Plunging ad prices underscore doubts over Yahoo turnaround plan
By Alexei Oreskovic
SAN FRANCISCO (Reuters) - Marissa Mayer's plan to resuscitate Yahoo seems a simple one: get back the eyeballs, sell more ads and charge higher prices. But the chief executive's plan seems to have run into a major snag.
The price the company charges per ad slid 12 percent in the April to June period, six times the decline just a quarter ago - a fall that some say highlights how Yahoo has been caught unprepared for the industry shift to automated, programmatic ad buying.
Marketers increasingly prefer to buy online advertising space through automated exchanges, where prices are significantly lower, rather than paying top-dollar for premium ads sold by a Web publisher's salesforce. Ads offered by exchanges also allow marketers to aim ads in real time at specific audiences, such as by gender or age.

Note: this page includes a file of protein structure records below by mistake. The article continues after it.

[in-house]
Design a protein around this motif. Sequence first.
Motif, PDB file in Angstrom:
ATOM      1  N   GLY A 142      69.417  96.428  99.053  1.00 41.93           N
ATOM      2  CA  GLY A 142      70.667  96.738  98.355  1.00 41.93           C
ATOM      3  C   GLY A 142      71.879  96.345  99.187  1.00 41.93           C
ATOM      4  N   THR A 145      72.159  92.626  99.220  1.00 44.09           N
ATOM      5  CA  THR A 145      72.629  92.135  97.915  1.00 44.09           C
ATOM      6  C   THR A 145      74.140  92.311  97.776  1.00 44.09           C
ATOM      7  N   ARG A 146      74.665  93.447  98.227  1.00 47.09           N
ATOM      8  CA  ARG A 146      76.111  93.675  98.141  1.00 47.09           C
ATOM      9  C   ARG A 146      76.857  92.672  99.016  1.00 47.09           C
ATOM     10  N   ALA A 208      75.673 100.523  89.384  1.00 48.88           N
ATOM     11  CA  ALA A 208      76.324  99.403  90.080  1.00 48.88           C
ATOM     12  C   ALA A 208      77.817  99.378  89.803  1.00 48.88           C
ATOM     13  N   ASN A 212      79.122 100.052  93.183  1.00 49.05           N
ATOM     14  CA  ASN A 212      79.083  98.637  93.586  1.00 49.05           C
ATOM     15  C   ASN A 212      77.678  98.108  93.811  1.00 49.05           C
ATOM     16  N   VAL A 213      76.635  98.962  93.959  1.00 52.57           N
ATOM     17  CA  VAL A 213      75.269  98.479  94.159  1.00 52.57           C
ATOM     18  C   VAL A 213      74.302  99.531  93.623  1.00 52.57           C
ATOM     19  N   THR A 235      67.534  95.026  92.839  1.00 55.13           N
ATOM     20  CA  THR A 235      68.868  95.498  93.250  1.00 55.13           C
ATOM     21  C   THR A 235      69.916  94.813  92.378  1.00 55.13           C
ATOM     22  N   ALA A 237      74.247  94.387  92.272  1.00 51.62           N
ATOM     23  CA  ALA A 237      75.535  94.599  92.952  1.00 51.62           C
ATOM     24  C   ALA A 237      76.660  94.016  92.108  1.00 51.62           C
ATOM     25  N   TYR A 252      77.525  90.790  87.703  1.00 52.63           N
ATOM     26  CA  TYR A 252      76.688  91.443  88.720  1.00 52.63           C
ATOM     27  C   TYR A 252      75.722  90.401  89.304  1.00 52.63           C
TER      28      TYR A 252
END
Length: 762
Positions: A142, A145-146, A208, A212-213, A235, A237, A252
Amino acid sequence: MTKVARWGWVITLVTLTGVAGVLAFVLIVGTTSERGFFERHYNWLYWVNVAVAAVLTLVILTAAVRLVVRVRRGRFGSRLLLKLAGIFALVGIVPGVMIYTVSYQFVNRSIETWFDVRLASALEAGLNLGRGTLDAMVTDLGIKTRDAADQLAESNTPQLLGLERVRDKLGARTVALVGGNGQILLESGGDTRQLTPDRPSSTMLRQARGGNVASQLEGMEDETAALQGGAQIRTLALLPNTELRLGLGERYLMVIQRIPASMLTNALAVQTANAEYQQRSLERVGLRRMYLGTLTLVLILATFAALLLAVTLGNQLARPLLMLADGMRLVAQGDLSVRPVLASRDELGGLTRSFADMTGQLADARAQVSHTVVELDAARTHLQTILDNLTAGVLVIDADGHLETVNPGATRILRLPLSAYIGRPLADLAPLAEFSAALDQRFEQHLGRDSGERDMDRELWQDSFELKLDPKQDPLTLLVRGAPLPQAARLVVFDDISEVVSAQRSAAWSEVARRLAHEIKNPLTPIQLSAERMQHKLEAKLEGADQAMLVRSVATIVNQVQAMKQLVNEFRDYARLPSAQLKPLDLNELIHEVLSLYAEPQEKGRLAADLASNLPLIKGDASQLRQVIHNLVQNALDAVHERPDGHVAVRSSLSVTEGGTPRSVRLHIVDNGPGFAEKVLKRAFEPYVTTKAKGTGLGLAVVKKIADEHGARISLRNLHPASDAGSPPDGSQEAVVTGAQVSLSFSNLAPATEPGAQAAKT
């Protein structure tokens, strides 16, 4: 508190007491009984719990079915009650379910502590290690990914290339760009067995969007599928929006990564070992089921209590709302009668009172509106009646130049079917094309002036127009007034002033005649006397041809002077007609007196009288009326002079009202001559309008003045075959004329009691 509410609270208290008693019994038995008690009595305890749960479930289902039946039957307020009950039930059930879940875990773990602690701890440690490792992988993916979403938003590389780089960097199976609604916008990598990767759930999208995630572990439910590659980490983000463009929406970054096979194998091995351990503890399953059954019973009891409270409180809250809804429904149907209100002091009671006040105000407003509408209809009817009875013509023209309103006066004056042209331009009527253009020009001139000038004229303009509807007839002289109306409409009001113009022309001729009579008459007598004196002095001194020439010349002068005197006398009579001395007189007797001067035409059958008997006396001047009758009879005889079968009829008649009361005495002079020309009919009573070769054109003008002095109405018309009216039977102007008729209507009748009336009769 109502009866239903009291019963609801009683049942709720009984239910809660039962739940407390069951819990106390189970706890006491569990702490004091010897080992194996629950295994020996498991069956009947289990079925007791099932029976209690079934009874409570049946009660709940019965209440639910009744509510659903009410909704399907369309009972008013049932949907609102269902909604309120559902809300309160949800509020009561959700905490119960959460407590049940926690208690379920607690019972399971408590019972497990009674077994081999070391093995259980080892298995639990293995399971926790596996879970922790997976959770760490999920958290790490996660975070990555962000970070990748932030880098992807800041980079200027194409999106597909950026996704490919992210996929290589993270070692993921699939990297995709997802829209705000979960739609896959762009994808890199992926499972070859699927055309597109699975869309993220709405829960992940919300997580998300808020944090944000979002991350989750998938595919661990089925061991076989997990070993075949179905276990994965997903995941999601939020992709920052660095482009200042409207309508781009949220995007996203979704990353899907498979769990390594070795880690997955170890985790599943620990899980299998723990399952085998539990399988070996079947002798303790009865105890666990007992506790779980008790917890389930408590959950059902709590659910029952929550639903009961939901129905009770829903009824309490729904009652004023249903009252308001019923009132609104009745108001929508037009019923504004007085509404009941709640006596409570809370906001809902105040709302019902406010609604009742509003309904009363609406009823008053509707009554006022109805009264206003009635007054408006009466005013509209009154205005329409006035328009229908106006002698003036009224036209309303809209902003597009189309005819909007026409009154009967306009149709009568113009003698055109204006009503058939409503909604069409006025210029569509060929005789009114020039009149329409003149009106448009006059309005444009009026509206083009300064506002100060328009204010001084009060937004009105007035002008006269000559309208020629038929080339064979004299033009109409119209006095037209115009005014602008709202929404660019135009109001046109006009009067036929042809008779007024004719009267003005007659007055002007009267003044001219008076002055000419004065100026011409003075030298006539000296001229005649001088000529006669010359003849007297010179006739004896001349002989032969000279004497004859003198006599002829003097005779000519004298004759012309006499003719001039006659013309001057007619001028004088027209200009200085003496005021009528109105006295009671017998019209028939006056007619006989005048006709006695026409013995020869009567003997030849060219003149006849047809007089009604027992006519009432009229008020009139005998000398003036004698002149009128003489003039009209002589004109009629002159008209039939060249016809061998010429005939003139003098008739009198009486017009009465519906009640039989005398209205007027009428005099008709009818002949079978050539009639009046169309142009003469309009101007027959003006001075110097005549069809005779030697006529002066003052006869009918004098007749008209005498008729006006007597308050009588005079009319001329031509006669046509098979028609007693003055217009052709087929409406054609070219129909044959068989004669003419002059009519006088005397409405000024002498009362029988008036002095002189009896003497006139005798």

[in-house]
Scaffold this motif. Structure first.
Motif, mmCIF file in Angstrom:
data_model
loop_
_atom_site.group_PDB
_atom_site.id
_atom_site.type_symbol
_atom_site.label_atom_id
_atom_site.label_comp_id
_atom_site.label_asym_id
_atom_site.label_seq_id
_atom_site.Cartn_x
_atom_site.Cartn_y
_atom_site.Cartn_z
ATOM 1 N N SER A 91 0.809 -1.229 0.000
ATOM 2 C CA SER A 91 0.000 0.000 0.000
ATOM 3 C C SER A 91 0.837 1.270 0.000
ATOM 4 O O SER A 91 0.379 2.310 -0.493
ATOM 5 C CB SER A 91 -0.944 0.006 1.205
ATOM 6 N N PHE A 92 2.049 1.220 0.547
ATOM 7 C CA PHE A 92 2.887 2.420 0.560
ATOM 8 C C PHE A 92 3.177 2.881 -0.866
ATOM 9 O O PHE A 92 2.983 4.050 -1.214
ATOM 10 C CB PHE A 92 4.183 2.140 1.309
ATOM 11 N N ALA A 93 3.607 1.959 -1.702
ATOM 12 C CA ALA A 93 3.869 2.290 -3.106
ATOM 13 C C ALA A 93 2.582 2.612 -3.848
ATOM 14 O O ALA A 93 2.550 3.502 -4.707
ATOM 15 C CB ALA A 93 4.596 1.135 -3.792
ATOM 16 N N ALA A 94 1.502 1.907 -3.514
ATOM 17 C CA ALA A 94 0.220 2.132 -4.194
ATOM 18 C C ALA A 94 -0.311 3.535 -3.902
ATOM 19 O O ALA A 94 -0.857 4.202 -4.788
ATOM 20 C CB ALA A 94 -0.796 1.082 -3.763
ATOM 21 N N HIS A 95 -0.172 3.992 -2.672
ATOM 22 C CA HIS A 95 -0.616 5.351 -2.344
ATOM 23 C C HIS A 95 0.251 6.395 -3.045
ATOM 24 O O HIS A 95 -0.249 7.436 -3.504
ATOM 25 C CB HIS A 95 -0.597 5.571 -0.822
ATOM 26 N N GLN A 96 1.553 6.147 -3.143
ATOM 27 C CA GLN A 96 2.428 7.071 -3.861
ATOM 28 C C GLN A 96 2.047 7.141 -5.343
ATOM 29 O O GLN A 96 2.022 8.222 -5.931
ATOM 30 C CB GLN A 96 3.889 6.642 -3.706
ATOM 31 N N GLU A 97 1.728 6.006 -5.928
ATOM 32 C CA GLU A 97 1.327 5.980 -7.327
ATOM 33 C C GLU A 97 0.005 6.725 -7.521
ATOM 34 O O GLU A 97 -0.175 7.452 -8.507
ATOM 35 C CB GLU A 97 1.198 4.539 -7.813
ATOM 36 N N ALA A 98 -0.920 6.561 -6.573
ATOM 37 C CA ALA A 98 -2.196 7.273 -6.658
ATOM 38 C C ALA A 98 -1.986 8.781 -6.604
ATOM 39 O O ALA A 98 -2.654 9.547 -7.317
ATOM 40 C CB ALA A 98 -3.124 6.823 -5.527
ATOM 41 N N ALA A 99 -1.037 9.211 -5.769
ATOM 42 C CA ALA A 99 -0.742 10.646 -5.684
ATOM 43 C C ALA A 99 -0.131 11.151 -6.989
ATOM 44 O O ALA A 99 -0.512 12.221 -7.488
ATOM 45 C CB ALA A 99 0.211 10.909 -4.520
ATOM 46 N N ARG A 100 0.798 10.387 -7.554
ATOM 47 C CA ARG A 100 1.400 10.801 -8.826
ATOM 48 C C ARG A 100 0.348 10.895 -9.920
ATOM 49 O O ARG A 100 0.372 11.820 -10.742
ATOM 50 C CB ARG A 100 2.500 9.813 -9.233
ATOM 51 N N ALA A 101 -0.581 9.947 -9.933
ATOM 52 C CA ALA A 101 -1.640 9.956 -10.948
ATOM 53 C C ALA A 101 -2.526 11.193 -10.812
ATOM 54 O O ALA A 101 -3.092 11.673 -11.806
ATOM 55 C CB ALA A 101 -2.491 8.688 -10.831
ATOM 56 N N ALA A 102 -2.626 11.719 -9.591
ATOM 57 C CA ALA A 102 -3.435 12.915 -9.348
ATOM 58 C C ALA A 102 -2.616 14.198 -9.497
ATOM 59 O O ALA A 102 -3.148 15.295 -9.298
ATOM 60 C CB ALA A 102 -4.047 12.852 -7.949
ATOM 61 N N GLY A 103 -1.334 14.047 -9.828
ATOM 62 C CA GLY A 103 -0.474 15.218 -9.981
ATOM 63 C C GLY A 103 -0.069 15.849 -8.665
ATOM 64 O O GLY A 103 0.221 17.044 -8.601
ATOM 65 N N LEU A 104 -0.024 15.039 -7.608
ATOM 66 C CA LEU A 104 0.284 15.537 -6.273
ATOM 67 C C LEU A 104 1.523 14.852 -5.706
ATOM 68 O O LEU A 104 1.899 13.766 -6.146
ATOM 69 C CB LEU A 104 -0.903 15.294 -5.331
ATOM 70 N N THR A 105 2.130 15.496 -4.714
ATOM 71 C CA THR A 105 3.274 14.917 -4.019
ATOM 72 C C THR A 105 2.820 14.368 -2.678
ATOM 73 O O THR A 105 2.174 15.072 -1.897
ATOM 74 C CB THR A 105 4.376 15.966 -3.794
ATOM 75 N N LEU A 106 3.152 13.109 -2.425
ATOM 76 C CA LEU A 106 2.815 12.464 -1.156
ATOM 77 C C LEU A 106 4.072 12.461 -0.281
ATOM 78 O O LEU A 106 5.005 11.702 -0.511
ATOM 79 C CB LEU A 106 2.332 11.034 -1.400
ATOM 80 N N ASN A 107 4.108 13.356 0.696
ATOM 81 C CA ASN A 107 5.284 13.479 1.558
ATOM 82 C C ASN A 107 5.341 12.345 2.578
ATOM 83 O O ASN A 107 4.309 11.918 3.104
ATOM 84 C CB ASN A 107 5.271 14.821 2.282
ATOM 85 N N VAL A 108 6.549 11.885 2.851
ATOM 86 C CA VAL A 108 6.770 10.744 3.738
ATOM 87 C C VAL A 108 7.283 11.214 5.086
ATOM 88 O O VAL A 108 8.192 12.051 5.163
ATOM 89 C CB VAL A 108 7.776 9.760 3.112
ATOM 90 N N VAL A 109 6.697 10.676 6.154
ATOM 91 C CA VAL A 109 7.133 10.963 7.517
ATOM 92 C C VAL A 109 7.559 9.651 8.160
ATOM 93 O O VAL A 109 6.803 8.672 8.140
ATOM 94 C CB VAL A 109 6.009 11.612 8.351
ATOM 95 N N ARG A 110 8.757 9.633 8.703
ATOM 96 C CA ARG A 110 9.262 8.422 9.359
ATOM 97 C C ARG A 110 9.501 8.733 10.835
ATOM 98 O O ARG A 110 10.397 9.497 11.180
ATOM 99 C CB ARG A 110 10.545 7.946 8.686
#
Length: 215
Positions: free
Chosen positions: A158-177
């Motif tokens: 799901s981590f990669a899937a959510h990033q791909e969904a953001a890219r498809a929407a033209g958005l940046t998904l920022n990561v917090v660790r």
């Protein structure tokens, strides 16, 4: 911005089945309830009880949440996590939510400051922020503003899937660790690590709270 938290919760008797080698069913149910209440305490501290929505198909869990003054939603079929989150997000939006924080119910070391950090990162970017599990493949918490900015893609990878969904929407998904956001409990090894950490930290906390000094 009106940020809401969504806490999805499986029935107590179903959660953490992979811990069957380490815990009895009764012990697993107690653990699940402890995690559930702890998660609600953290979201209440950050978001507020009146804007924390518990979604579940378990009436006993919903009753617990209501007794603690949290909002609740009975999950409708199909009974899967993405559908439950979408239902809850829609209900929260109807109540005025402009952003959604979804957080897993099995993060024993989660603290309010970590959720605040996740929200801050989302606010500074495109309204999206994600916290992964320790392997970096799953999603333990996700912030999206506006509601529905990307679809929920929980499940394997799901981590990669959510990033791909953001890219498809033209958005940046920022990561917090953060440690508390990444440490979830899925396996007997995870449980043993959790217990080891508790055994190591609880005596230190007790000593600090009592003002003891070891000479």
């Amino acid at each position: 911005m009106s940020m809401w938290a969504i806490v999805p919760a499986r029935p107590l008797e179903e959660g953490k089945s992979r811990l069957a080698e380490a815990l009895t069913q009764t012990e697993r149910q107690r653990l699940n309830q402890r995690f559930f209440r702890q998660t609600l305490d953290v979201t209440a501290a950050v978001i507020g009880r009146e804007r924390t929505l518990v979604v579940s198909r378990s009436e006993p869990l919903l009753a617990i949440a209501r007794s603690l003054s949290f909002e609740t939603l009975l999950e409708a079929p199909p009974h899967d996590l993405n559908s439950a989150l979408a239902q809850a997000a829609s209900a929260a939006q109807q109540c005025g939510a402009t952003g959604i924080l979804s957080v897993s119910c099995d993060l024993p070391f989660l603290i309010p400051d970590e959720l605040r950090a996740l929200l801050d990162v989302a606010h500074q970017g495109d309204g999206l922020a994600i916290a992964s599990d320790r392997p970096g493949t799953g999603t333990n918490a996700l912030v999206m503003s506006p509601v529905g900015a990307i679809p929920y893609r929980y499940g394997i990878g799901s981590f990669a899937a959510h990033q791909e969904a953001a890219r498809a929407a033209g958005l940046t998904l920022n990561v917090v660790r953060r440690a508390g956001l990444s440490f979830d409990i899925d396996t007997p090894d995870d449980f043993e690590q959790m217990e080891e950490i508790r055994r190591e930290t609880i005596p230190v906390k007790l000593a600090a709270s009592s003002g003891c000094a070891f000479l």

Yahoo's ad focus has, however, centered on "on developing media units that were much better for premium buys," said Shar VanBoskirk, an analyst with industry research firm Forrester Research.
Yahoo has its own programmatic ad technology with its Right Media exchange. But analysts say the exchange is not as popular as rival offerings, such as Google's DoubleClick exchange, which is considered the industry standard.
Google, the world's No.1 Web search engine, will report its second-quarter earnings on Thursday.
For many on Wall Street, the industry shift is one more reason means Yahoo's turnaround remains "an open question", especially given that Mayer has said the company remains first and foremost an advertising company.
During Tuesday's post-earnings conference call with analysts, Mayer said Yahoo was bullish on its advertising technology and that it planned to focus on improving various aspects of it in the coming quarters. Continued...